2020 Planning Strategies

Monday, August 31, 2020 |

As we approach the final quarter of 2020, tax planning strategies will become top of mind. This is especially true in an election year where each party has differing tax law positions.

We want to highlight a few potential changes that should be considered:

  1. Possible changes to the estate tax exemption of $11.58 million per person. If elected, Joe Biden has pledged to return this historically high exemption amount back to “previous levels” which we estimate could be approximately $5.5m per person (the level before the TCJA of 2017).
    1.  A potential estate planning strategy for families who are financially able would be to have one spouse give a significant amount while the exemption is $11.58m per person, thus hedging in the event the exemption is reduced.
    2.  As we remain in a low interest rate environment, IDGT’s and GRAT’s remain as a favorable estate planning strategy. We discussed this strategy in a previous Blog Post from 2019. For reference, the current 7520 rate is at an all-time low of .4%. Down from 2.0% at the writing of the last blog post in October 2019. The 7520 rate impacts how future assets are valued for transfer purposes. A lower percent means a lower “hurdle rate” with reference to the amount which remains for beneficiaries after annual distributions from these trusts.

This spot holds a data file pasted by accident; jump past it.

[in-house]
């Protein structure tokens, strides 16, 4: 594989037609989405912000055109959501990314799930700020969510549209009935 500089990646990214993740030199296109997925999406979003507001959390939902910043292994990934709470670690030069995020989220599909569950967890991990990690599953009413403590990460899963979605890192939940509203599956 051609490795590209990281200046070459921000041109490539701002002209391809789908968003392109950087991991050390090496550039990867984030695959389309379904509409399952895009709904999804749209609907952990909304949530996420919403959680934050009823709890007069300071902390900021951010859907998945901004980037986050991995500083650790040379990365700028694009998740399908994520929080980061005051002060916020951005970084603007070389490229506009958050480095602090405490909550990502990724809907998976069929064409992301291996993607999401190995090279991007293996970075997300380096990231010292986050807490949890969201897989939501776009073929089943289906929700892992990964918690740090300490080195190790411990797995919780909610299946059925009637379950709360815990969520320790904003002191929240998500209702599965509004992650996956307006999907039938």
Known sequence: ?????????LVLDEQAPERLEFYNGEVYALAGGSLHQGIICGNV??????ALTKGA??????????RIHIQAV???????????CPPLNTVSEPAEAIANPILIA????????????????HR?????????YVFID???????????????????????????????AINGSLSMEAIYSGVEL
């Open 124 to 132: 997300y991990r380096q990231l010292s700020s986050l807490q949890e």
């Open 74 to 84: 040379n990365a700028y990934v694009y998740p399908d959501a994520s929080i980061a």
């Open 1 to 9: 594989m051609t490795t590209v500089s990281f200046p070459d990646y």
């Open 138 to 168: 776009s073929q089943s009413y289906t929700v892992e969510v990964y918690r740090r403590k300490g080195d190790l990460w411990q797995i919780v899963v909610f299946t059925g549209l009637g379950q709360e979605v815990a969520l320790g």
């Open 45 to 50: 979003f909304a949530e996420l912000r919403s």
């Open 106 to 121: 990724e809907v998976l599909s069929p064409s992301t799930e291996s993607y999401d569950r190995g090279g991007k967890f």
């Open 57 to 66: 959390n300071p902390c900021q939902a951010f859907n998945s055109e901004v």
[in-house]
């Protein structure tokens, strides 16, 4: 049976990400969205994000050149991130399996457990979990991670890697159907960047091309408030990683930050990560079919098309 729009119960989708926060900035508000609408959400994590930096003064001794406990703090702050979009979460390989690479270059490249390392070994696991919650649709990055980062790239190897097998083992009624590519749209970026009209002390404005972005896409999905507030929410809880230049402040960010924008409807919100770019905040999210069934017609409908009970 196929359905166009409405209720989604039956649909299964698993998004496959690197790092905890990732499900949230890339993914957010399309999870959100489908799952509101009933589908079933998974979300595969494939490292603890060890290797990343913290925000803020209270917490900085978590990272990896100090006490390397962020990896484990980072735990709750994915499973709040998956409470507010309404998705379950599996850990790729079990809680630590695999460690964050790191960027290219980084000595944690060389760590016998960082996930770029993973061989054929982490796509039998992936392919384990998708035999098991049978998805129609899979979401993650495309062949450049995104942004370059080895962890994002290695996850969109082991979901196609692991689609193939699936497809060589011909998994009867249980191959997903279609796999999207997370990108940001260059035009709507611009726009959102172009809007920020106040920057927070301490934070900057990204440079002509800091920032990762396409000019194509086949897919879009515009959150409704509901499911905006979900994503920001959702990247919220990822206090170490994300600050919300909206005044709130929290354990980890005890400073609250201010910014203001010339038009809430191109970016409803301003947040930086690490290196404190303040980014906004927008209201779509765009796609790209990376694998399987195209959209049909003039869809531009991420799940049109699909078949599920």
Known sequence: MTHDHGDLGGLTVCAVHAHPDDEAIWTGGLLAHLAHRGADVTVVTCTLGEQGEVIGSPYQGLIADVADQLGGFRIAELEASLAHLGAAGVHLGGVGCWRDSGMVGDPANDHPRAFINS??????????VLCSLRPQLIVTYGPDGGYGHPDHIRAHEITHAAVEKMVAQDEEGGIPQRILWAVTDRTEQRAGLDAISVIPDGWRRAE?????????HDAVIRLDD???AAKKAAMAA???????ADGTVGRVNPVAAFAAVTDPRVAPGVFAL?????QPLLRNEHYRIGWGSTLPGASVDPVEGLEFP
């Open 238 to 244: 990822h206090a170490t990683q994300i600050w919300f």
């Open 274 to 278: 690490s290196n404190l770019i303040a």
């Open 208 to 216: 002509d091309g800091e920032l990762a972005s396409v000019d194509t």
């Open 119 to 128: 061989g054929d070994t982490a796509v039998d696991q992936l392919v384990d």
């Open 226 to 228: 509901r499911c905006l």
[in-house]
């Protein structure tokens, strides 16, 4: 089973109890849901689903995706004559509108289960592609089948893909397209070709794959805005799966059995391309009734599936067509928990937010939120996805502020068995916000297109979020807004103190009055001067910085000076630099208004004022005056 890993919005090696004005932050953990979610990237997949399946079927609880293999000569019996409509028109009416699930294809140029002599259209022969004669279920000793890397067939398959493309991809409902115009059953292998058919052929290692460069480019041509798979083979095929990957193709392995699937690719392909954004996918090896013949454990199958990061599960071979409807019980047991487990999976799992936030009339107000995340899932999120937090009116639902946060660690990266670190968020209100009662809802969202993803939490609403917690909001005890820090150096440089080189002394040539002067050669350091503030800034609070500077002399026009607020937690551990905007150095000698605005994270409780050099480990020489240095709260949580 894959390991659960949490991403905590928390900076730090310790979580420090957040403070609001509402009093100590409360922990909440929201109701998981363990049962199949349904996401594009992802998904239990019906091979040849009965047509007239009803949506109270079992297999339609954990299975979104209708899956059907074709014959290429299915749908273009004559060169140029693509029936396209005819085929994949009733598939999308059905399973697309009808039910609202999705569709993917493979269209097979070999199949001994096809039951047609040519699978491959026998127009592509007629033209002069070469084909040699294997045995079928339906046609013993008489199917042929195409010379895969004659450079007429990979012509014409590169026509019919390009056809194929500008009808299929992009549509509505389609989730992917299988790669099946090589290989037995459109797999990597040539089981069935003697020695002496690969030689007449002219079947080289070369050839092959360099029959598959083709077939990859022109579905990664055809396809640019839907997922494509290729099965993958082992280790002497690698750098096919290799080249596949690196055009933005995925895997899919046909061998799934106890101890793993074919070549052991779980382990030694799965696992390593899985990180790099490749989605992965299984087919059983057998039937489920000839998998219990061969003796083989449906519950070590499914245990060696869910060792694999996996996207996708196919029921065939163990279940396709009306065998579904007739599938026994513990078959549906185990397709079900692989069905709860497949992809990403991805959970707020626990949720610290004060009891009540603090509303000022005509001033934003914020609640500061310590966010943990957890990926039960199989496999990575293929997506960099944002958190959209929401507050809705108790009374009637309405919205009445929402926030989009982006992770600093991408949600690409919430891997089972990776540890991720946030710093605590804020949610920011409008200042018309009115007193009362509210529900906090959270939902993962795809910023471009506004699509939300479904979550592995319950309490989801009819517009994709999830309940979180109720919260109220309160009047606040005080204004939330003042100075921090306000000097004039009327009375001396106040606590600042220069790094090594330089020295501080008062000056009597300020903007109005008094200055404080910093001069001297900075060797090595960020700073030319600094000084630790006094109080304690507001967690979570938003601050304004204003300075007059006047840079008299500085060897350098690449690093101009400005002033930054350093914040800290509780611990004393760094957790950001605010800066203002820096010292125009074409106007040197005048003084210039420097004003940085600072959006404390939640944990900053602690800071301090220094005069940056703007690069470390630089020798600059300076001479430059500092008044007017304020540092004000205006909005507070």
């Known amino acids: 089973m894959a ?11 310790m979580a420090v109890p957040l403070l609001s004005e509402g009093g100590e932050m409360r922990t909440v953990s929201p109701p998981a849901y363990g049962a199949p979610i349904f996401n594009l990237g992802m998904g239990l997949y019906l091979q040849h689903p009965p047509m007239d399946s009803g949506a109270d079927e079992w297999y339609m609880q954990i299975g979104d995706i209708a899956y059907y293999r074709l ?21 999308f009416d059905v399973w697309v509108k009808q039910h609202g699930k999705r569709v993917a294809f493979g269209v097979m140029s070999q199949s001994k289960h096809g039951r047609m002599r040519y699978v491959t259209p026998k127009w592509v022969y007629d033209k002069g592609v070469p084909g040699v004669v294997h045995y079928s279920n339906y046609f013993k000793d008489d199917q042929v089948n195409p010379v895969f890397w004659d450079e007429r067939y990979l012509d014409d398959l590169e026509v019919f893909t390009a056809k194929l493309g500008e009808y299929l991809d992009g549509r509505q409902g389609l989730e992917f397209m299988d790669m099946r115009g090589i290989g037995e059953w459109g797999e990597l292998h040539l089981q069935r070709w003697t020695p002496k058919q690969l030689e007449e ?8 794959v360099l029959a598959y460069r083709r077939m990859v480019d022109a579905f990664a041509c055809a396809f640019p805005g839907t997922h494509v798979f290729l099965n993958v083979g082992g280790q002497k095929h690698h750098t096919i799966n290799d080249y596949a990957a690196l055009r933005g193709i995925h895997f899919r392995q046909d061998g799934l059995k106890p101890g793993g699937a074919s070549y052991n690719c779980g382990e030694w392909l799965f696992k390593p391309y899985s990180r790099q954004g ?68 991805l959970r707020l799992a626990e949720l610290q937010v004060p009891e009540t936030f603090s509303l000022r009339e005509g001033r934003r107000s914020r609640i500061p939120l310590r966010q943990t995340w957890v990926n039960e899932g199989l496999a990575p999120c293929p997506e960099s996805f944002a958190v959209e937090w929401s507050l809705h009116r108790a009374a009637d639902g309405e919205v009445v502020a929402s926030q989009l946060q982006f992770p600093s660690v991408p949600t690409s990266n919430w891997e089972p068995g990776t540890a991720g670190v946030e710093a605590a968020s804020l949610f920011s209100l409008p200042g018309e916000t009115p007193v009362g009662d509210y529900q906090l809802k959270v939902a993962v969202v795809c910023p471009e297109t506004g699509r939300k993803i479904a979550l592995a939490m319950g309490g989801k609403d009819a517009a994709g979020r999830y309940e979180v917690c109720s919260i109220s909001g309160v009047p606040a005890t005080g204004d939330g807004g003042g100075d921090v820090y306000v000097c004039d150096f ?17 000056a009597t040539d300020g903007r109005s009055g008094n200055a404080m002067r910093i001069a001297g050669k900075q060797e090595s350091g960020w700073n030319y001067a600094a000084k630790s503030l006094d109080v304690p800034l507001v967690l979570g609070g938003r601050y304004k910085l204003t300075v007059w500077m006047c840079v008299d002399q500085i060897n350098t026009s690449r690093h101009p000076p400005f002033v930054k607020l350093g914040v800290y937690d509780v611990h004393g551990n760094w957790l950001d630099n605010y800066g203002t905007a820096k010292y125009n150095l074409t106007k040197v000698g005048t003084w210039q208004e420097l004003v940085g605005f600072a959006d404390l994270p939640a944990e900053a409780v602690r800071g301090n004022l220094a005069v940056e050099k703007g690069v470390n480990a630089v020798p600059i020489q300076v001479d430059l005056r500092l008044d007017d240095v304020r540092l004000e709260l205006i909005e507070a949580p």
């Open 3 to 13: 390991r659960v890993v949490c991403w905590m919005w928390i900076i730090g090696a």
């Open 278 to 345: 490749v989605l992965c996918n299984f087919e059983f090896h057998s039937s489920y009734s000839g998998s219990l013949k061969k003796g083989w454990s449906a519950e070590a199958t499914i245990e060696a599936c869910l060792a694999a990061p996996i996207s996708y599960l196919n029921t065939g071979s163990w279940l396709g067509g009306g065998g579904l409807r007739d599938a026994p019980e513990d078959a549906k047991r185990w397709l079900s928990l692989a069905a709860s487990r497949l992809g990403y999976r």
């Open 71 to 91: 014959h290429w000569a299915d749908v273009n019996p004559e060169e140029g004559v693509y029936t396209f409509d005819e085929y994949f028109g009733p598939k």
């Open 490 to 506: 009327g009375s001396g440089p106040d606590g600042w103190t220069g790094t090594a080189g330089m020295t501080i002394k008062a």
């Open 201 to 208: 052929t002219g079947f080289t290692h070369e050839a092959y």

2. We anticipate higher marginal income tax rates if Joe Biden wins the Presidency: especially if there is a change in majority in the senate. It is projected that we could see a return to a top marginal tax bracket of 39.7% (up from 37% currently).
  3. There is also expected to be an increase in the Social Security tax threshold for incomes above $400,000.

With respect to #2 and #3 above, taxpayers may want to consider 2020 tax brackets against their prospective income and potential changes in tax brackets for 2021. While predicting tax policy is a bit like predicting the weather, it’s important to consider possible changes that could impact our clients’ financial plan.

As we continue to navigate our new normal during COVID-19, and with over 177,000 COVID-19 related deaths in the United States, it may now be as important as ever to re-visit estate plans. Instruments such as end of life directives and/or Powers of Attorney are often overlooked or out of date.

The views and opinions expressed herein are those of the author(s) noted and may or may not represent the views of Capital Analysts or Lincoln Investment. The material presented is provided for informational purposes only. You should discuss any legal, tax or financial matters with the appropriate professional.